Hines has been nominated for several community honors and awards, including the Governor Service Award for United Way/The Lakeshore, Youth Volunteer for several organizations, The Future 15, the Young Feminist Award for the Progressive Women Democratic Caucus, and the “20 Under 30” for West Michigan Works.

A member of Delta Sigma Theta sorority, Hines also is a co-founder and treasurer of the newly formed Muskegon Women in Formation Political Action Committee, which helps women of color get into office. She also is a board member for the Muskegon Civic Theater.

The Future of MYBP

Hines says that much of what the MYBP has hosted has been due to members' contributions, including financial donations, so the goal is to do more fundraising to accomplish more in the community. She also points out this year’s goal of MYBP creating a website that houses the resumes of professionals looking for job opportunities.

“We often get called upon by employers and community groups expressing difficulties in finding black professionals to serve on their teams and boards,” Hines explains. She says MYBP feels the solution is to provide a database of resumes for these employers and groups to search and request interviews. “It’s innovative in regard to listening to the community and providing a service,” Hines adds.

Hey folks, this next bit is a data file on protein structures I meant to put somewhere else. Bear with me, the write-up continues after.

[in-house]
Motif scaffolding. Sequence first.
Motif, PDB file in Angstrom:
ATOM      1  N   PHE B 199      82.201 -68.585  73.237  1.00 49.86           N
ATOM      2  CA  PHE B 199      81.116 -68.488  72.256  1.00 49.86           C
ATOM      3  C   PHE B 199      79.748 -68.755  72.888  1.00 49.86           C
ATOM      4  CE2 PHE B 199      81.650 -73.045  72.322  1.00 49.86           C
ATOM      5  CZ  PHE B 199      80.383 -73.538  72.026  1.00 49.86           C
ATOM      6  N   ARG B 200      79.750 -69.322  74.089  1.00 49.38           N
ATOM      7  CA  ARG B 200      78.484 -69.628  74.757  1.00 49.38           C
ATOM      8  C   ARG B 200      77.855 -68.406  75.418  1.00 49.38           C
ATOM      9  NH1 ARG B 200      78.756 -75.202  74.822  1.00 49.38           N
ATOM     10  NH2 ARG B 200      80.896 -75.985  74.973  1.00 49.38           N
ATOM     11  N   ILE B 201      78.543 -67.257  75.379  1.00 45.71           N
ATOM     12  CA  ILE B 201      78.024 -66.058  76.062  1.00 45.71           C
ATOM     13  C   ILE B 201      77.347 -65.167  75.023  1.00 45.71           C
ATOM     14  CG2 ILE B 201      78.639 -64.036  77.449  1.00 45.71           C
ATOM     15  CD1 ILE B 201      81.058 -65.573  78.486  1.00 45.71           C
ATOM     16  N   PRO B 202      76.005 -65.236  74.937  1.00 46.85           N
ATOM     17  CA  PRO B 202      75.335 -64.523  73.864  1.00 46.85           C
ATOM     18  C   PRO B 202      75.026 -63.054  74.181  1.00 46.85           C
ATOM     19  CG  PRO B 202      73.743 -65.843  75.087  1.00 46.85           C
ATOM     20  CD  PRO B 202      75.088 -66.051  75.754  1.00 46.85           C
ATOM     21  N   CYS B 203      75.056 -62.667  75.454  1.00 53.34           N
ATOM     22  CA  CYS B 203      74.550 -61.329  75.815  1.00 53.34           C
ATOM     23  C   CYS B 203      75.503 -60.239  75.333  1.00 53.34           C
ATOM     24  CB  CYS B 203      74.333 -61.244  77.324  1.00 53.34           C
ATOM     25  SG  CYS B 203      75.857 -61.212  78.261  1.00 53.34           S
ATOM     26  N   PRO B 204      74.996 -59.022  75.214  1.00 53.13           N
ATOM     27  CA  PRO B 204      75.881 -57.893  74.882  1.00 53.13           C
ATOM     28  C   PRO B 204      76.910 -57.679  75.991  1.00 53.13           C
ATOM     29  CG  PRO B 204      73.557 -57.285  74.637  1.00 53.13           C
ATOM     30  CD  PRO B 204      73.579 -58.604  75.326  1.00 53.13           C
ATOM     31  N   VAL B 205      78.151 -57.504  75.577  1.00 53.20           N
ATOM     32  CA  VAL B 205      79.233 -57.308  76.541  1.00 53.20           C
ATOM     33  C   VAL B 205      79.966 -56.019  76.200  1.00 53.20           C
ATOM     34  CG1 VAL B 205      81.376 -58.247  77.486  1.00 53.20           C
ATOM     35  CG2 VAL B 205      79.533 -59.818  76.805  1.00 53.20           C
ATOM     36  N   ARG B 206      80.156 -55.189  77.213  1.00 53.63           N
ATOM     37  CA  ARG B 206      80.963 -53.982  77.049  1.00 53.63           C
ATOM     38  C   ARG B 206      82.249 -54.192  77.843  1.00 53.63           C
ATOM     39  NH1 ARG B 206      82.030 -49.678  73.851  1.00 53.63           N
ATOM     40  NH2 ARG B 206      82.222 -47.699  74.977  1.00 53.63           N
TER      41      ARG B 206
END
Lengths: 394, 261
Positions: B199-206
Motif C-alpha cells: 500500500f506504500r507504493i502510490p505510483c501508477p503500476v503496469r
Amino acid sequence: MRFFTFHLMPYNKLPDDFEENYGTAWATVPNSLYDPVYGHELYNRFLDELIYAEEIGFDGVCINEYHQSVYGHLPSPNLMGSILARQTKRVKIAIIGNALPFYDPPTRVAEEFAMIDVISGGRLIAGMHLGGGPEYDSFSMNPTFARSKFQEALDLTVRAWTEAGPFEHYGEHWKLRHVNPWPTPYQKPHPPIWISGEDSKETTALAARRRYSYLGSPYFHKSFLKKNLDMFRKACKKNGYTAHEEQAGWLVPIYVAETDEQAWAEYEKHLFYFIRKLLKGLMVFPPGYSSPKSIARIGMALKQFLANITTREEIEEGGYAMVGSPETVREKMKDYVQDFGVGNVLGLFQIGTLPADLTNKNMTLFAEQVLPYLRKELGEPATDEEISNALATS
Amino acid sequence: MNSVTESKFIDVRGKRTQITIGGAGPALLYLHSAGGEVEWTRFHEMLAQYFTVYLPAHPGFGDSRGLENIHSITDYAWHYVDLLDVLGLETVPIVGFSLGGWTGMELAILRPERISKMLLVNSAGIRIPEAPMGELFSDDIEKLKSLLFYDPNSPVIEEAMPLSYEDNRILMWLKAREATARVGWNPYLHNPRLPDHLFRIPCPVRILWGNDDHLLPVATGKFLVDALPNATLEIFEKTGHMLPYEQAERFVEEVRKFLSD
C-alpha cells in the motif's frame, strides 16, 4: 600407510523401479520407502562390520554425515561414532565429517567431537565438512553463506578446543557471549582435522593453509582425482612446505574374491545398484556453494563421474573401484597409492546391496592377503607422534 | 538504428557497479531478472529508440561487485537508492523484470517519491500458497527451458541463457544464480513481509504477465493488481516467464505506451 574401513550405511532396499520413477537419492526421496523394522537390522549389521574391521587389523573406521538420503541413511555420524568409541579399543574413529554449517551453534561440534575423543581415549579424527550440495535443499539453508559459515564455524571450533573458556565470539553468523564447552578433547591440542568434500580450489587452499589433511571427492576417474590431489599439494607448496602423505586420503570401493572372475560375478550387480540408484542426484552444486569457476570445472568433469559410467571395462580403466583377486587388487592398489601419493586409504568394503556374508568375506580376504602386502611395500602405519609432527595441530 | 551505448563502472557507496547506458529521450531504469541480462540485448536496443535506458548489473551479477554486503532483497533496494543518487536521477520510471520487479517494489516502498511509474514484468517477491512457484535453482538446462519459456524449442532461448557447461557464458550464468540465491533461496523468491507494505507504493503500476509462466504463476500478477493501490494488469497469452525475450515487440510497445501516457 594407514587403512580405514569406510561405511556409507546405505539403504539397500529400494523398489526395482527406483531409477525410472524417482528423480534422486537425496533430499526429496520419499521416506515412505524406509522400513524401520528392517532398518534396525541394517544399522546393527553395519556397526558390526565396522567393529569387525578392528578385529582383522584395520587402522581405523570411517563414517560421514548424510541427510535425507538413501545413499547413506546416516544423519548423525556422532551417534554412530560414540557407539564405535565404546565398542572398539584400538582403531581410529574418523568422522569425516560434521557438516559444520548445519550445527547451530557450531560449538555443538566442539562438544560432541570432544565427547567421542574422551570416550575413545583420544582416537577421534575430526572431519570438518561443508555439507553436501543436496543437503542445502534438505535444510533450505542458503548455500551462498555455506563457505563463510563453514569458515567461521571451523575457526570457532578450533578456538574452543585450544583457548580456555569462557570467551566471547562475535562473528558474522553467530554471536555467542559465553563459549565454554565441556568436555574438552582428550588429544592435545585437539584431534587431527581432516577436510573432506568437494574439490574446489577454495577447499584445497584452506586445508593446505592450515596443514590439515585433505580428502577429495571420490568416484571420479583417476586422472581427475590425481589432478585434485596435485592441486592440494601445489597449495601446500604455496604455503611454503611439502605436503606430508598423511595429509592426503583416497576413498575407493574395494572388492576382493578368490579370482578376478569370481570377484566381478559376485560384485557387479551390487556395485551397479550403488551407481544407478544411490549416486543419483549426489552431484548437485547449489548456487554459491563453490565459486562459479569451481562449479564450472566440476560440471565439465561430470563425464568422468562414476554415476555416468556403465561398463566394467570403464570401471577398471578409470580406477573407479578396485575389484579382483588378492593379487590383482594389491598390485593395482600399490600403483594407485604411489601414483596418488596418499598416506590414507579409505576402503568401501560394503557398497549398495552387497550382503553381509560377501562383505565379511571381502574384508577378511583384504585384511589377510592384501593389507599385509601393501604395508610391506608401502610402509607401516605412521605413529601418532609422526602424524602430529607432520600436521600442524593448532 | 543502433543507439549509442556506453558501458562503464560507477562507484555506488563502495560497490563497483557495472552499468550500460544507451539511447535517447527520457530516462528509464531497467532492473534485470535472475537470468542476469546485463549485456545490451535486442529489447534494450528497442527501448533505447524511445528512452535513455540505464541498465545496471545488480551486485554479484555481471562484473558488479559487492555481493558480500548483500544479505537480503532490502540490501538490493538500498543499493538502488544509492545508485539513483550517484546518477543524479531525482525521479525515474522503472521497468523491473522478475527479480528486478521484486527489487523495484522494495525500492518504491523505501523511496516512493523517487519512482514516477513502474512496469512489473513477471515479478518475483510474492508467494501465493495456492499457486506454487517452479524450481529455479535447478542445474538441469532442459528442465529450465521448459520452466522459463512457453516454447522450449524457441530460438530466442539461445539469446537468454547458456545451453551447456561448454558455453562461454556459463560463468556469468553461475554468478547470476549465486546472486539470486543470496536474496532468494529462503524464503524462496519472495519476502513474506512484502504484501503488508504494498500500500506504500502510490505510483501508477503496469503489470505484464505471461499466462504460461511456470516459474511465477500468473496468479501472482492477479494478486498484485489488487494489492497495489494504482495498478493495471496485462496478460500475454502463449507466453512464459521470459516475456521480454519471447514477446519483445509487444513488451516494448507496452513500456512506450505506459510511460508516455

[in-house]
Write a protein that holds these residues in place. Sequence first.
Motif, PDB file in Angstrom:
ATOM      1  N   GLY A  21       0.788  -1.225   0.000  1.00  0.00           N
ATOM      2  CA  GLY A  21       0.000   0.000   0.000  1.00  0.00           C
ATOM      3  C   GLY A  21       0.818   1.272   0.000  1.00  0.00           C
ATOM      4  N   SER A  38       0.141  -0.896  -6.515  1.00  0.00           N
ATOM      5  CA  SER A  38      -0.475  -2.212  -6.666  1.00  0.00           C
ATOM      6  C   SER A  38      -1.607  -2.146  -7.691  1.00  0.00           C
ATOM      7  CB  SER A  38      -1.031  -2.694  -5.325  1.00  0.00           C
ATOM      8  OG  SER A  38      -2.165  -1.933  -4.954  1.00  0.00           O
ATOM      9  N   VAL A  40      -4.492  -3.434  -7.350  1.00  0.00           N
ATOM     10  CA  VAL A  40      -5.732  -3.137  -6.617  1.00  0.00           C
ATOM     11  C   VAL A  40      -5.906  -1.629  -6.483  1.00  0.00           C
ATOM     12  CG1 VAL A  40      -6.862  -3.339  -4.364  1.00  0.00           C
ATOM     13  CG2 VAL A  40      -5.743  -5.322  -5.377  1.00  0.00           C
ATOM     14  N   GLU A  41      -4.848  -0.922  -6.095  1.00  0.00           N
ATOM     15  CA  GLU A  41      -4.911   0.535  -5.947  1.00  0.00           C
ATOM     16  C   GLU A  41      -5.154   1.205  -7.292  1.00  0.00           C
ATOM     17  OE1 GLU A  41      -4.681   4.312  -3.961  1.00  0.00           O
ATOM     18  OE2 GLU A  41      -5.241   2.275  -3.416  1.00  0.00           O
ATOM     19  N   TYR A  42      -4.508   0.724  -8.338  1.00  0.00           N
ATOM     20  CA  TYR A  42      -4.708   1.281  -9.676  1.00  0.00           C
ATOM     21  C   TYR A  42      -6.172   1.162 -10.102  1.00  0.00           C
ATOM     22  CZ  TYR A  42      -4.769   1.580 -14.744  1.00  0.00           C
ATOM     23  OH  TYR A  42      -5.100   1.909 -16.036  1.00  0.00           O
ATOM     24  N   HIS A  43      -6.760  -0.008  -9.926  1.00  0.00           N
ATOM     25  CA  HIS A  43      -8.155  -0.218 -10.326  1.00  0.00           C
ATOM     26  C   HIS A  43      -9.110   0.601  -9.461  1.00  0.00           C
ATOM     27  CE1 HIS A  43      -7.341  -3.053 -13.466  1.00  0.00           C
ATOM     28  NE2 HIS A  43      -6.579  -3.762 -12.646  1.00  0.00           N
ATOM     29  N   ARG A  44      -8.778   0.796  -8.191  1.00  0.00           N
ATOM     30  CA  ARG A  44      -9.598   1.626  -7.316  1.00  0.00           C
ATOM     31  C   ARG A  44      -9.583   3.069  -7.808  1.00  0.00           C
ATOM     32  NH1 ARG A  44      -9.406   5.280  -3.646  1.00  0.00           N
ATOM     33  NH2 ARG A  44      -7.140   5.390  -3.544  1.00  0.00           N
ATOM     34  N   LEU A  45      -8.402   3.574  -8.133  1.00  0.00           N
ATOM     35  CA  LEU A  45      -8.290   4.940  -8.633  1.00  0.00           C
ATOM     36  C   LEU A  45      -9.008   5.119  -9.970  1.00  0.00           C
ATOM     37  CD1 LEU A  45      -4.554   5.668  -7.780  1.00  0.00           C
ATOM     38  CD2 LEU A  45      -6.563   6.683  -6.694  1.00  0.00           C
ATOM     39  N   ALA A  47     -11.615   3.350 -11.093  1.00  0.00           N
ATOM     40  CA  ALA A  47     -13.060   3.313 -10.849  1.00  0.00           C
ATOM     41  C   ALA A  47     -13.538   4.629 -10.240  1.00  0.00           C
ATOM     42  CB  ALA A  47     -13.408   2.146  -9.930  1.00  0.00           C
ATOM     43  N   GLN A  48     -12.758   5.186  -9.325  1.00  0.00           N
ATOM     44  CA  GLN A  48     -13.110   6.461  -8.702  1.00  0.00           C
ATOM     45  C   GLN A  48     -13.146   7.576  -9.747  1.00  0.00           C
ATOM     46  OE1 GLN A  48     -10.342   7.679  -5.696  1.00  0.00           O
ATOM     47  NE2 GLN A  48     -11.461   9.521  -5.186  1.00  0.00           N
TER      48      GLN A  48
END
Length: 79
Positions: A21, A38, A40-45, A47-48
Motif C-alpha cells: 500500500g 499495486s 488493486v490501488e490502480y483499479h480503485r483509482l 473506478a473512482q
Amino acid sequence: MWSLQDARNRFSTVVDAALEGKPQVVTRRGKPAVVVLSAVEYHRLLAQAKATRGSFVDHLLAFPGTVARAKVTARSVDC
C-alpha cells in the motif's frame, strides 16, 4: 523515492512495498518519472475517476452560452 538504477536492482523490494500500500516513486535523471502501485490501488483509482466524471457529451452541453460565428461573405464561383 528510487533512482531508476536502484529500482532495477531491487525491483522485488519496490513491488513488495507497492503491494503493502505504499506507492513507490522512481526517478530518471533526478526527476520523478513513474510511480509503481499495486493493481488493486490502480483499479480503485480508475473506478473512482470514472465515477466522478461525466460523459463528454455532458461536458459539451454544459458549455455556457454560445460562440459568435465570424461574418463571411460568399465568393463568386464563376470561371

In reference to up-and-coming young professionals who are deciding if they want to come back home to Muskegon to begin their careers, Hines says Muskegon does offer some incentives, especially for those passionate about working in the nonprofit or manufacturing sectors. “We have a great ecosystem of nonprofit organizations – Muskegon is the hub for this,” she says.

Hines also adds that the cost of living in Muskegon is more reasonable in comparison to bigger cities, plus it has the benefit of the view and summer festivities, noting this community is just minutes away from a body of water that residents can easily enjoy.

In the end, Hines is hopeful about the future of Muskegon County and how organizations go about finding ways to attract and retain talent of color. 

“Case studies have shown that when you have a diverse staff, they flourish more than a monolithic community,” she says. “Implementation is still lacking, but people are more receptive and open to ideas. We have the resources to do it, we have the people who want to do it, and it’s something that needs to be implemented with our organizations.”

Read more articles by Shanika P. Carter.